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Commercial property/casualty insurance stocks have been flourishing in the stock market this year.
But some observers said they think the stocks, whose performance this year has been boosted by both actual and rumored consolidation, as well as a favorable, low-interest rate environment, are unlikely to maintain the same momentum the rest of the year.
Insurer stocks have done well along with an overall strong stock market so far in 1997. According to the BI Industry Stock Report of 93 insurers and reinsurers, through July 18 stocks advanced 22.77% year to date, though some analysts' own indexes based on the stocks they follow show even greater growth.
This compares with a 22.33% increase for the Dow Jones Industrial Average and a 23.57% increase for the Standard & Poor's 500 for the same period.
Meanwhile, Federal Reserve Board Chairman Alan Greenspan's report to Congress last week, in which he gave no hint that an interest rate increase is imminent, provided a big boost to the stock market overall.
"I would expect that virtually all equities will realize some benefit from his upbeat, positive presentation," said John L. Ward, chairman of Cincinnati-based Ward Financial Group Inc.
Analysts are putting a wide range of property/casualty stocks on their "buy" lists, including old favorites, such as Chubb Corp., American International Group Inc. and General Re Corp.
Michael Lewis, senior insurance analyst with Dillon Read & Co. in New York, who said as a group property/casualty stocks have outperformed the S&P 500 this year, observed they have done so "despite the difficult commercial property/casualty operating environment."
Mr. Lewis pointed to the low-interest-rate environment, which is helping interest-sensitive stocks-including insurers'-as well as the ongoing consolidation in the sector, "which is certainly having a positive effect on mid-cap property/casualty names.
"And finally, I would say the distinctly improved capital management being instituted in the sector is also enabling the industry to produce better operating results," said Mr. Lewis.
Said Ron Frank, an analyst with Smith Barney in New York, "I think the stocks' performance has been pretty good, or about as good as you could expect considering the fundamentals certainly haven't improved any."
"You certainly had some excitement surrounding some of these stocks" regarding acquisitions, both actual and speculated, said Mr. Frank. The stocks also have benefited from a favorable bond environment, he said. "My own view is that to some extent you have seen these stocks catch up with the bank stocks," he said.
"Through the first half of the year, insurance stocks had generally outpaced the S&P 500 by a lot if you were a property/casualty insurer," said Michael Smith, an analyst with Salomon Brothers in New York.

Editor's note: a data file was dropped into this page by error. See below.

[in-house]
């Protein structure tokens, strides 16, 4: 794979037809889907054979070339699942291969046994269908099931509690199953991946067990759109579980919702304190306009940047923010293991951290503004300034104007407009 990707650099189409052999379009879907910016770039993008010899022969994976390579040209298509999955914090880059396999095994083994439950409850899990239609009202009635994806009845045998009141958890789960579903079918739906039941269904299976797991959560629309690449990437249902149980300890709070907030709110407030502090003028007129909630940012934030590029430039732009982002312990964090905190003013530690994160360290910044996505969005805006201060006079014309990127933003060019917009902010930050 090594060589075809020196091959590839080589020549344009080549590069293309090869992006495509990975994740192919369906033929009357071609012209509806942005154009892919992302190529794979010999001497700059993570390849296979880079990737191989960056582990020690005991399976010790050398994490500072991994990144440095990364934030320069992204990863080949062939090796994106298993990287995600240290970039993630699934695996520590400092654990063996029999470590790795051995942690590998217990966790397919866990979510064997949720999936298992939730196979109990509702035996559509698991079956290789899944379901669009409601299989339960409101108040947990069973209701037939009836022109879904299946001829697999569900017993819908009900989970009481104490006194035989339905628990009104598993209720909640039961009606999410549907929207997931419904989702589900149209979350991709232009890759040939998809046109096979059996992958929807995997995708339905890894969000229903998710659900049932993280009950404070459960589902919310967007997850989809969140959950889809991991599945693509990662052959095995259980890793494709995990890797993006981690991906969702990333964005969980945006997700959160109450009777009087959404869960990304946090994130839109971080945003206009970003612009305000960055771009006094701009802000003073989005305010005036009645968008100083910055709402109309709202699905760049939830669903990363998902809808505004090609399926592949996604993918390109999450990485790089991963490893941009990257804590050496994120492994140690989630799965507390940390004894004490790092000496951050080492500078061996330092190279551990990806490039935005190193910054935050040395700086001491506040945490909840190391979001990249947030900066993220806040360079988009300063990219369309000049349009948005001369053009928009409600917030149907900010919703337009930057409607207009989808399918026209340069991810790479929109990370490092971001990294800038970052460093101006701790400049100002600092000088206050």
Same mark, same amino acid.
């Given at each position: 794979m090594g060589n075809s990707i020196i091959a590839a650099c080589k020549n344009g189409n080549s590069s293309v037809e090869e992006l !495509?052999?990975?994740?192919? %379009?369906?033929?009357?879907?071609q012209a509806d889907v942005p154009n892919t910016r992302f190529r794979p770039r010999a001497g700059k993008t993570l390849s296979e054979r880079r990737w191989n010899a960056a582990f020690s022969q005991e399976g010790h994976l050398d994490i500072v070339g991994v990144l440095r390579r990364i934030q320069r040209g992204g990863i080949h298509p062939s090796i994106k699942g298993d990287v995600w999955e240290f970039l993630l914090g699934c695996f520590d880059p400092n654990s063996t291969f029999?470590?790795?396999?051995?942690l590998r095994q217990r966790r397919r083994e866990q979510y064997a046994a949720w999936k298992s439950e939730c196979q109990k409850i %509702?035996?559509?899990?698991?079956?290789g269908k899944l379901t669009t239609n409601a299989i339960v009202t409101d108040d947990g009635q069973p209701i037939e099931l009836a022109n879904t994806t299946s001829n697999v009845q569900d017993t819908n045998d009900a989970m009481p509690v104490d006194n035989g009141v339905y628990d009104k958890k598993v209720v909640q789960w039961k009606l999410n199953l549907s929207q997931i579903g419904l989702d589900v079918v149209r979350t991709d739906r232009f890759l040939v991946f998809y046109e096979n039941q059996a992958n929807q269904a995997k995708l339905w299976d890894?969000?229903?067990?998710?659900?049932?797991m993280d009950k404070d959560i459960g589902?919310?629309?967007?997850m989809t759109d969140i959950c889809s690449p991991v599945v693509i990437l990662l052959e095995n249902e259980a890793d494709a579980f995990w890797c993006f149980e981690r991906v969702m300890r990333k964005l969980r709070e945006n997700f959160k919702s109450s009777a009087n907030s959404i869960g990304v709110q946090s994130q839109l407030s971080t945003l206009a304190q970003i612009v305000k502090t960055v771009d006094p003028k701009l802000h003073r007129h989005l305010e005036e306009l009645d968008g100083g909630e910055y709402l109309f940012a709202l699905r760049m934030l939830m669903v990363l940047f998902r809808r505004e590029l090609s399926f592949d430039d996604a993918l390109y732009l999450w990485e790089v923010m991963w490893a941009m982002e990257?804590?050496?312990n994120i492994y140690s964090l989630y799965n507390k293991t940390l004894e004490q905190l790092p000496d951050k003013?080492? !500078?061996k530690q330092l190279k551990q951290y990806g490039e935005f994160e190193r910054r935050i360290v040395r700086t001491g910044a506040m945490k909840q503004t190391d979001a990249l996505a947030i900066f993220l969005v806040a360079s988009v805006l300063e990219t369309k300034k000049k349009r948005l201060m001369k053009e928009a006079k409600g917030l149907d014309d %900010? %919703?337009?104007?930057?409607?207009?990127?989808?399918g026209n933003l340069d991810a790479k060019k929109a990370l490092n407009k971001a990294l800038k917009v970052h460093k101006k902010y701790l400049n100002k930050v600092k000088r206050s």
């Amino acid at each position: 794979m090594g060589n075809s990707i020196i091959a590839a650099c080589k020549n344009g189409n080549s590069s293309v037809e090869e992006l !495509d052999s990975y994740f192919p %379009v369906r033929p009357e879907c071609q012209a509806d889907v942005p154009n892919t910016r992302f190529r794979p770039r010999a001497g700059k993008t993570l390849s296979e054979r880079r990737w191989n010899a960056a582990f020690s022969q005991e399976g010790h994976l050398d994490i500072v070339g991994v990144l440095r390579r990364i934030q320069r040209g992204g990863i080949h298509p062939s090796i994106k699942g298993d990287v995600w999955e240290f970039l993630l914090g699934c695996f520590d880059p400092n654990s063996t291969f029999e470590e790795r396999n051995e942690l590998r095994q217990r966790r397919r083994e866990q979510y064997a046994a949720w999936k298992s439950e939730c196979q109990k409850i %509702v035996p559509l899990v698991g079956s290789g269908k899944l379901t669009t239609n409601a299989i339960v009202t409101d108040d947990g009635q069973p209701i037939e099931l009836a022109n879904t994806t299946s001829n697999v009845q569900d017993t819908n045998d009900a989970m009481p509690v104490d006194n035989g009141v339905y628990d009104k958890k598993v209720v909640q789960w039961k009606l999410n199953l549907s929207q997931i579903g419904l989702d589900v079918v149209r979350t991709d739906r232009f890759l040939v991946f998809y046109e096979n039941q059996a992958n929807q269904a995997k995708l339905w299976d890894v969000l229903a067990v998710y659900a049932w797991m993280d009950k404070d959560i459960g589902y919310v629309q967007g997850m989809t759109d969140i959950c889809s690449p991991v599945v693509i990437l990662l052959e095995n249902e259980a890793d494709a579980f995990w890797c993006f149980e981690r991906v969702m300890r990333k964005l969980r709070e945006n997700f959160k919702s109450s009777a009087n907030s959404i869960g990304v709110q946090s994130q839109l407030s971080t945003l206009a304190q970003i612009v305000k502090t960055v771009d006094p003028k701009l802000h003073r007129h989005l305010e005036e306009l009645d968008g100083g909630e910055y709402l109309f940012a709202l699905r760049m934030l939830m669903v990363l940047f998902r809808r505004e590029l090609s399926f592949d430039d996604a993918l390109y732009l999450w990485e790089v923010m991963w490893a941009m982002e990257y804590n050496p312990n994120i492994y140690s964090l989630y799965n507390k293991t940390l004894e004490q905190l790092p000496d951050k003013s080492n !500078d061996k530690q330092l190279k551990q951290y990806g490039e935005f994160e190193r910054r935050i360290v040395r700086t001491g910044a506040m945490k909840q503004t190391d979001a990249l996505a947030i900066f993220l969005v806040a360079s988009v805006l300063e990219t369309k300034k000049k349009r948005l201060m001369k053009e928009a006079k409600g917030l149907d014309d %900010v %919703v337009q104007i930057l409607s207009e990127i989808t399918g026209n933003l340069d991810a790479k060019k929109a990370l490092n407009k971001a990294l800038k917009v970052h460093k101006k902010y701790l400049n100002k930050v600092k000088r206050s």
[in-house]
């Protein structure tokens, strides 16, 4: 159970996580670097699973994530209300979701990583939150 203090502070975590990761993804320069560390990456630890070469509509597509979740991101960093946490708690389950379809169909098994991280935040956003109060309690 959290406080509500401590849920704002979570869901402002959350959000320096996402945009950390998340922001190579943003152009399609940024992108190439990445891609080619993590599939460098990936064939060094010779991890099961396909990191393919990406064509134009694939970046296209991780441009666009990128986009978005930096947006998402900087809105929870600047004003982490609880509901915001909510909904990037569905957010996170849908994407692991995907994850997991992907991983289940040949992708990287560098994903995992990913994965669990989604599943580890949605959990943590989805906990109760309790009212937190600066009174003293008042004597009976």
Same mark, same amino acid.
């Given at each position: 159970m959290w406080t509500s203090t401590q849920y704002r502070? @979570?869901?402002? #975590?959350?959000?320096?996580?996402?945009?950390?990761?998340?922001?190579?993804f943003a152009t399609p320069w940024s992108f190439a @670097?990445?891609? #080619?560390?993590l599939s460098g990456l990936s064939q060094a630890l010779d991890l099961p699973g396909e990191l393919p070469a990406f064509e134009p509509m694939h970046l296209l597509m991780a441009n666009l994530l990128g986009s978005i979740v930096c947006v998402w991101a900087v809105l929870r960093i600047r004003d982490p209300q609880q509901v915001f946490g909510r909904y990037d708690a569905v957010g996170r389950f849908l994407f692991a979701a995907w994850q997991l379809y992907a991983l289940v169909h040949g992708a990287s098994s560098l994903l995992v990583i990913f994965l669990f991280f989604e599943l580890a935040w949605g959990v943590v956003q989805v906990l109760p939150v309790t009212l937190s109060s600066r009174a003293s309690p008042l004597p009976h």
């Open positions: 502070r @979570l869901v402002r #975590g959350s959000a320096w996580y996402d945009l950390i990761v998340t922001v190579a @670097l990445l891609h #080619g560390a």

And while reinsurer and bond insurer stocks trailed behind the market, they were "still up nicely," he said.
"It's interesting because the property/casualty stocks have been among the strongest performers this year, and yet that's where the earnings performance has not been as attractive, and in many cases the earnings quality is downright ugly, so basically Wall Street has been bidding up all the property/casualty stocks indiscriminately," said Mr. Smith.
"It becomes interesting when you contrast it with the continued mediocre performance of the reinsurance sector," he said. "You do have a situation in the reinsurance sector where the fundamentals are still reasonably attractive, and yet Wall Street has been waiting for the past two or three years for those fundamentals to deteriorate and has thus shunned the stocks, and in my view has created some very attractive investment opportunities."
Many observers say they do not expect the stocks to do quite as well relative to the overall stock market for the remainder of the year.
"It's tough to foresee these stocks matching the exceptional performance we saw in the first half of the year," said Jay Cohen, an analyst with Merrill Lynch in New York.
"Interest rates have already come down significantly, and that has been a positive for the stocks. We may not get the same benefit from the movement in rates during the second half of the year."
Furthermore, the fundamentals, or the pricing environment, remains very competitive, said Mr. Cohen.
"I think a lot of the stocks have had a pretty good run. It's hard to believe that they can continue to run away from general market averages after having done as much as they have in both 1996 and 1997," said David Seifer, vp with Donaldson Lufkin & Jenrette Securities Corp. in New York.
"I think they can be market to above-average market from here, at least talking about the rest of the year, but I would suspect that most of the performance of the year percentage-wise has been achieved."
Mr. Lewis said, "I'm cautious in nature." He said he is concerned about the group's ability to sustain its current level if interest rates or valuation expectations ever turn around.
"I think they're operating in a pretty optimum environment right now," he said. While the group has done very well, "I don't know what's going to bring them to the next level."
Mr. Smith also said, "I think the market will become much more discriminating, and there will be pressure on the stocks of those companies that turn in earnings disappointments, and I think the earnings disappointments are going to become more prevalent."
Mr. Frank said that if the stock market remains bullish, however, "I think it's possible to continue making money in the stocks," though investors may have to shift their strategies.